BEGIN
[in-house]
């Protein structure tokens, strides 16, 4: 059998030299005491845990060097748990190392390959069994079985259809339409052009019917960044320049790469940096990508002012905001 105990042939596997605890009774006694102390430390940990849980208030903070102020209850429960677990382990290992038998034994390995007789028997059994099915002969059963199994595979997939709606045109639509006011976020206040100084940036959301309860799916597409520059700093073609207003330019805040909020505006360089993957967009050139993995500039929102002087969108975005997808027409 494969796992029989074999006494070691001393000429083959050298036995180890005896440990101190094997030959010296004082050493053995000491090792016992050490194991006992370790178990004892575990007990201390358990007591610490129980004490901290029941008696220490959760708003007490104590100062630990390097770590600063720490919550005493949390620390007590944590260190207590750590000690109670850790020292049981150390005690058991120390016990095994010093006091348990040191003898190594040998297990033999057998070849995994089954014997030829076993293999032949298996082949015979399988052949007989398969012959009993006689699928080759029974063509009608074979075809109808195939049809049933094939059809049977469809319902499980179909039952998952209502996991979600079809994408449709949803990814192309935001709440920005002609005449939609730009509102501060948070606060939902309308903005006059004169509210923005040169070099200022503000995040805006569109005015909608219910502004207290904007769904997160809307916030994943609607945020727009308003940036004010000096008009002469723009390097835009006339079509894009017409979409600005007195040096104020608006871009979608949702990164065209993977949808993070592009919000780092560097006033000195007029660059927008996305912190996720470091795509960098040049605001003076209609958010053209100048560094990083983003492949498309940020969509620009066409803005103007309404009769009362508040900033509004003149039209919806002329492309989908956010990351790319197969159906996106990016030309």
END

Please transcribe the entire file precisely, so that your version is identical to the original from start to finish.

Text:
[in-house]
């Protein structure tokens, strides 16, 4: 059998030299005491845990060097748990190392390959069994079985259809339409052009019917960044320049790469940096990508002012905001 105990042939596997605890009774006694102390430390940990849980208030903070102020209850429960677990382990290992038998034994390995007789028997059994099915002969059963199994595979997939709606045109639509006011976020206040100084940036959301309860799916597409520059700093073609207003330019805040909020505006360089993957967009050139993995500039929102002087969108975005997808027409 494969796992029989074999006494070691001393000429083959050298036995180890005896440990101190094997030959010296004082050493053995000491090792016992050490194991006992370790178990004892575990007990201390358990007591610490129980004490901290029941008696220490959760708003007490104590100062630990390097770590600063720490919550005493949390620390007590944590260190207590750590000690109670850790020292049981150390005690058991120390016990095994010093006091348990040191003898190594040998297990033999057998070849995994089954014997030829076993293999032949298996082949015979399988052949007989398969012959009993006689699928080759029974063509009608074979075809109808195939049809049933094939059809049977469809319902499980179909039952998952209502996991979600079809994408449709949803990814192309935001709440920005002609005449939609730009509102501060948070606060939902309308903005006059004169509210923005040169070099200022503000995040805006569109005015909608219910502004207290904007769904997160809307916030994943609607945020727009308003940036004010000096008009002469723009390097835009006339079509894009017409979409600005007195040096104020608006871009979608949702990164065209993977949808993070592009919000780092560097006033000195007029660059927008996305912190996720470091795509960098040049605001003076209609958010053209100048560094990083983003492949498309940020969509620009066409803005103007309404009769009362508040900033509004003149039209919806002329492309989908956010990351790319197969159906996106990016030309």